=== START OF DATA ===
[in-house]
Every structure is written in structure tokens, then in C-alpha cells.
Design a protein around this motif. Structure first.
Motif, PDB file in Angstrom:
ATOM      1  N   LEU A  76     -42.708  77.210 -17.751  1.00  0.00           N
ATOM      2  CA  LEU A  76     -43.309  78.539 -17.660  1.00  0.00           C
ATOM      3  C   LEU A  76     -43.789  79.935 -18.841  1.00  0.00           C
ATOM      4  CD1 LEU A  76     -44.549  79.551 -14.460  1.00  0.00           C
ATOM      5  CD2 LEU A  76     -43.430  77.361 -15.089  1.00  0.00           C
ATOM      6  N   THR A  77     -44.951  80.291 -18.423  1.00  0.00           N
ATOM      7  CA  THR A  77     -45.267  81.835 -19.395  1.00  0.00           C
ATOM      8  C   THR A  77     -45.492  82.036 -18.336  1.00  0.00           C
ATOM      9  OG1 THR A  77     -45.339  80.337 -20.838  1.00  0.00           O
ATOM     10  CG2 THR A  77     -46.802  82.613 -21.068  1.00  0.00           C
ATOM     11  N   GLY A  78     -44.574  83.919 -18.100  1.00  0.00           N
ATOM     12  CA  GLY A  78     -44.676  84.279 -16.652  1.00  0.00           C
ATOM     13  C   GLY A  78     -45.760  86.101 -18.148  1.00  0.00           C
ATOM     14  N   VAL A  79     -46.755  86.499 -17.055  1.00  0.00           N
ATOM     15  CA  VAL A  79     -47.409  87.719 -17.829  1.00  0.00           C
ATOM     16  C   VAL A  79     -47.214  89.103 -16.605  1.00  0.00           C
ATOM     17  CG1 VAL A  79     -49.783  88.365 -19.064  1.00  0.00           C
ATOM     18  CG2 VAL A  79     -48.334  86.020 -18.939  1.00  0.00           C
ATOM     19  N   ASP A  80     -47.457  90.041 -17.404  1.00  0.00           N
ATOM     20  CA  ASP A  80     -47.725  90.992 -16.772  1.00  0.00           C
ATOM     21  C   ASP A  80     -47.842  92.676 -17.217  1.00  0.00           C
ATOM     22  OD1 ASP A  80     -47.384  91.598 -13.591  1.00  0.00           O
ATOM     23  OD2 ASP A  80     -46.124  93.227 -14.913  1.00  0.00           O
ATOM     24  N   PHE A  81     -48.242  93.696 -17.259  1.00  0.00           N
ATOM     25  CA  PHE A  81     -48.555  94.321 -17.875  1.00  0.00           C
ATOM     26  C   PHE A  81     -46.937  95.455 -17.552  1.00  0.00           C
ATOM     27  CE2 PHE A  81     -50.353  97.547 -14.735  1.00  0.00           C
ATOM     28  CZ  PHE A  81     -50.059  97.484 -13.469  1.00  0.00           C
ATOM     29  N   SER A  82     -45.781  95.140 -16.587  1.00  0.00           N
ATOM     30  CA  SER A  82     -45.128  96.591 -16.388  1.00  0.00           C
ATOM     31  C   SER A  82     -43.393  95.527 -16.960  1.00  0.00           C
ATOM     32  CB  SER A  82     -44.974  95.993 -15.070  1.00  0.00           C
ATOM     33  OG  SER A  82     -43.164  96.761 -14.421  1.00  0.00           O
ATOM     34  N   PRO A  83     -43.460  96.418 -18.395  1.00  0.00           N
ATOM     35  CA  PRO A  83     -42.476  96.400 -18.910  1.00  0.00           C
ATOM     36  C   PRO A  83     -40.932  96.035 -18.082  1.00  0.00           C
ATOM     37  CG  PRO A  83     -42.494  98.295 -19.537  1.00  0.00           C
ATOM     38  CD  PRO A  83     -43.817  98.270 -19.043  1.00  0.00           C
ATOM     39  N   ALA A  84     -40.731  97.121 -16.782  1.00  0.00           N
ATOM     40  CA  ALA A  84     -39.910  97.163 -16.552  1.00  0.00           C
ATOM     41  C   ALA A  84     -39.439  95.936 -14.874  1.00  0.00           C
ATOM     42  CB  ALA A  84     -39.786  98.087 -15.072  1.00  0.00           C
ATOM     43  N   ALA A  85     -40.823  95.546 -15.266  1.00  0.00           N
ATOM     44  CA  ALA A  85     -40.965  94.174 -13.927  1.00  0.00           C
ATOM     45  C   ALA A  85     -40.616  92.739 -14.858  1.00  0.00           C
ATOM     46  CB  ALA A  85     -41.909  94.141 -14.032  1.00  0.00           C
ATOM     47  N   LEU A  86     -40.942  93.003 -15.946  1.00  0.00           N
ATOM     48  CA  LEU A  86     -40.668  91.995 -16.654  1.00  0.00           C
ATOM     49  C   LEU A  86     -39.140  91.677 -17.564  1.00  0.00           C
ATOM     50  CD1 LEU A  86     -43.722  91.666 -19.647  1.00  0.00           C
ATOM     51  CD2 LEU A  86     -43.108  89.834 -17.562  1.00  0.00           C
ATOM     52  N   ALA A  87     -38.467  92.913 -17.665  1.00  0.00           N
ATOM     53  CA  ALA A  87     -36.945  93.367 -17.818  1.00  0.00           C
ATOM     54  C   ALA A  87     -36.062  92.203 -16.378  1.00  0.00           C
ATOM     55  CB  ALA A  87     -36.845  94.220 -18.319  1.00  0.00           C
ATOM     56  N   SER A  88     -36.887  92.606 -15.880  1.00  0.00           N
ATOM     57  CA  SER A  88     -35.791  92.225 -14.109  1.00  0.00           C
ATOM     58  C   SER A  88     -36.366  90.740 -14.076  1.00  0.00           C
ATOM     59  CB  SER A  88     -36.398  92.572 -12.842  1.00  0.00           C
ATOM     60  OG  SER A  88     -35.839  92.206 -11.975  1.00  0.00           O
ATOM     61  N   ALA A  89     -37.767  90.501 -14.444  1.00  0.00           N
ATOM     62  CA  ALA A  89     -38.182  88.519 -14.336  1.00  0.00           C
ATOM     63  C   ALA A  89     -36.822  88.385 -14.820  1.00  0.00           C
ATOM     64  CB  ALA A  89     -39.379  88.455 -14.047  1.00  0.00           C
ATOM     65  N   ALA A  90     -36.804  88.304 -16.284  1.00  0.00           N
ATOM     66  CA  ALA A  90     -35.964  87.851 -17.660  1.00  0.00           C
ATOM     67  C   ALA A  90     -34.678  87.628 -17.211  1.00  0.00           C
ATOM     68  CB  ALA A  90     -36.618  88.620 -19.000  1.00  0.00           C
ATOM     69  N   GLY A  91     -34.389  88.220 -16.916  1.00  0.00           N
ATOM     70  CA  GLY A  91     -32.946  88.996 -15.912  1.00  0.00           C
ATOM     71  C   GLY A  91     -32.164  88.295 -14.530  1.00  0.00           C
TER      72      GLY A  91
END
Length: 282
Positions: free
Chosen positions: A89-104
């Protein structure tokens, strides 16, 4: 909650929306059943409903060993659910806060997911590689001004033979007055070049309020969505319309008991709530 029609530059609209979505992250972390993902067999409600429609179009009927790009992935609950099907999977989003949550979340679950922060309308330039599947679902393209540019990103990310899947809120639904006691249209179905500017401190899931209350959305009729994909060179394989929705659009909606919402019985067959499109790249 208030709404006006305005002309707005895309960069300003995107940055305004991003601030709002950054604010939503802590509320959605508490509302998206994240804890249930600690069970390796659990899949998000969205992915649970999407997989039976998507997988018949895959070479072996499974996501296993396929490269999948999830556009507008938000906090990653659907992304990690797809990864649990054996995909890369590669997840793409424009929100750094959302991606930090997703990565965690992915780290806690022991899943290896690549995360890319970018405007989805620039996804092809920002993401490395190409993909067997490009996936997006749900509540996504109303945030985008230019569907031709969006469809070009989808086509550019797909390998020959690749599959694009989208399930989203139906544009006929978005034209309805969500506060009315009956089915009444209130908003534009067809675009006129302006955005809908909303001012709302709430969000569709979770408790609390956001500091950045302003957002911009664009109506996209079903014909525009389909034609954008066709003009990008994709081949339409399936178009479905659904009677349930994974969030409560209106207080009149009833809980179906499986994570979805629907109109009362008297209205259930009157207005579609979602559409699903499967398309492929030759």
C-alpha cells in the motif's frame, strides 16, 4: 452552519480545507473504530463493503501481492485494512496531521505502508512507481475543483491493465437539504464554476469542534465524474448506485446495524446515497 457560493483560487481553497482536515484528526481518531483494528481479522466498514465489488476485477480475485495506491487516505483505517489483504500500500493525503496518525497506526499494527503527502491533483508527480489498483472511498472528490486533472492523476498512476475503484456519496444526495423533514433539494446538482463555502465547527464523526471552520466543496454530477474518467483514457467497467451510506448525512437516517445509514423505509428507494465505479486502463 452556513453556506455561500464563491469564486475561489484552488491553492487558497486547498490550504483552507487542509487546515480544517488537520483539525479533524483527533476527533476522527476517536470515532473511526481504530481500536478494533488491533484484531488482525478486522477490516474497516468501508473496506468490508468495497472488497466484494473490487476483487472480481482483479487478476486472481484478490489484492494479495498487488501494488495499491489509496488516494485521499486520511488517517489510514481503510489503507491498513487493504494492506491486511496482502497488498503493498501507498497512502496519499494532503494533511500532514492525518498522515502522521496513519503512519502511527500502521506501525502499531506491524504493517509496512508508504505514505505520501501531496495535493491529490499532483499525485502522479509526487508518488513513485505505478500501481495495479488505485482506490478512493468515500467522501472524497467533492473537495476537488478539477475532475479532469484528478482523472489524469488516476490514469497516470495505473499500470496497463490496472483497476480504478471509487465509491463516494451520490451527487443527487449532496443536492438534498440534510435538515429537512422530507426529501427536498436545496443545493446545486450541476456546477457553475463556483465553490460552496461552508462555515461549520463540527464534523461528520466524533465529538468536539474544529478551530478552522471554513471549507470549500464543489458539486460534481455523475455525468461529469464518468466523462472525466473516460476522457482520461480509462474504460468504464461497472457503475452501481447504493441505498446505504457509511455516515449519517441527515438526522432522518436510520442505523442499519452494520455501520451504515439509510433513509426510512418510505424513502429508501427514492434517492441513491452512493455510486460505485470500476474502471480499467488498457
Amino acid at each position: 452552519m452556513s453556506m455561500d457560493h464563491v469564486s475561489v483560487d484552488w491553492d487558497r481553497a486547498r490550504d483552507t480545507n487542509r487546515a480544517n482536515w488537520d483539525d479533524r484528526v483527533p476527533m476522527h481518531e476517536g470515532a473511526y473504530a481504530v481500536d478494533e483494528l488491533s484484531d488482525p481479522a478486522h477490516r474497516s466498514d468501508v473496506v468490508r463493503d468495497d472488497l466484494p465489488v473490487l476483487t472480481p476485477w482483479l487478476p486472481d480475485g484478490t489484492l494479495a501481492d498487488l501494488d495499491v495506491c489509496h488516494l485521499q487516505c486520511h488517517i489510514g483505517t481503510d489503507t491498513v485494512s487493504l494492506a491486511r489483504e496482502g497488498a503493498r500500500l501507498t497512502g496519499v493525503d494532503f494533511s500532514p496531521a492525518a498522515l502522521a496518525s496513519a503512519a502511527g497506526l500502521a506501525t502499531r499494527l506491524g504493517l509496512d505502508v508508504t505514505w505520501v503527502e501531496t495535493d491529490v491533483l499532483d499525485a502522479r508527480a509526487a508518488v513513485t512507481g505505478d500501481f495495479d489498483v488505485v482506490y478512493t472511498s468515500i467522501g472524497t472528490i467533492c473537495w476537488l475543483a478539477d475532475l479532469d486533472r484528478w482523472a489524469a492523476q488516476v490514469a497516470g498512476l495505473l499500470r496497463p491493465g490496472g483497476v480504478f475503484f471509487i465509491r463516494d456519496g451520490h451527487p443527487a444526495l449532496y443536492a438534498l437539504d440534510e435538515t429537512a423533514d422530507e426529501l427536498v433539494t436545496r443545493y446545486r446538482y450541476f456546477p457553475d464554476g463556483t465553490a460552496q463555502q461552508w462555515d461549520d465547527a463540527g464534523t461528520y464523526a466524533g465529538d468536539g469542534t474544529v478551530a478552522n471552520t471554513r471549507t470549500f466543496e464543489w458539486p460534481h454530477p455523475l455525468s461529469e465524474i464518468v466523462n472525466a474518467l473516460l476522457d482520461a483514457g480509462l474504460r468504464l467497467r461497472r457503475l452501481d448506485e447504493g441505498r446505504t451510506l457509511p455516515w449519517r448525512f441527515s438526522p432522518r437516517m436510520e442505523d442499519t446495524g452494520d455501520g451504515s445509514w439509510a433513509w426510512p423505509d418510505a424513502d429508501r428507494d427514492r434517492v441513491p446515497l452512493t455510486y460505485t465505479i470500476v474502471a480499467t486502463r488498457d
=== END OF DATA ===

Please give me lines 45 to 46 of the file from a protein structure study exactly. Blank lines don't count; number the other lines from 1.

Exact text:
ATOM     41  C   ALA A  84     -39.439  95.936 -14.874  1.00  0.00           C
ATOM     42  CB  ALA A  84     -39.786  98.087 -15.072  1.00  0.00           C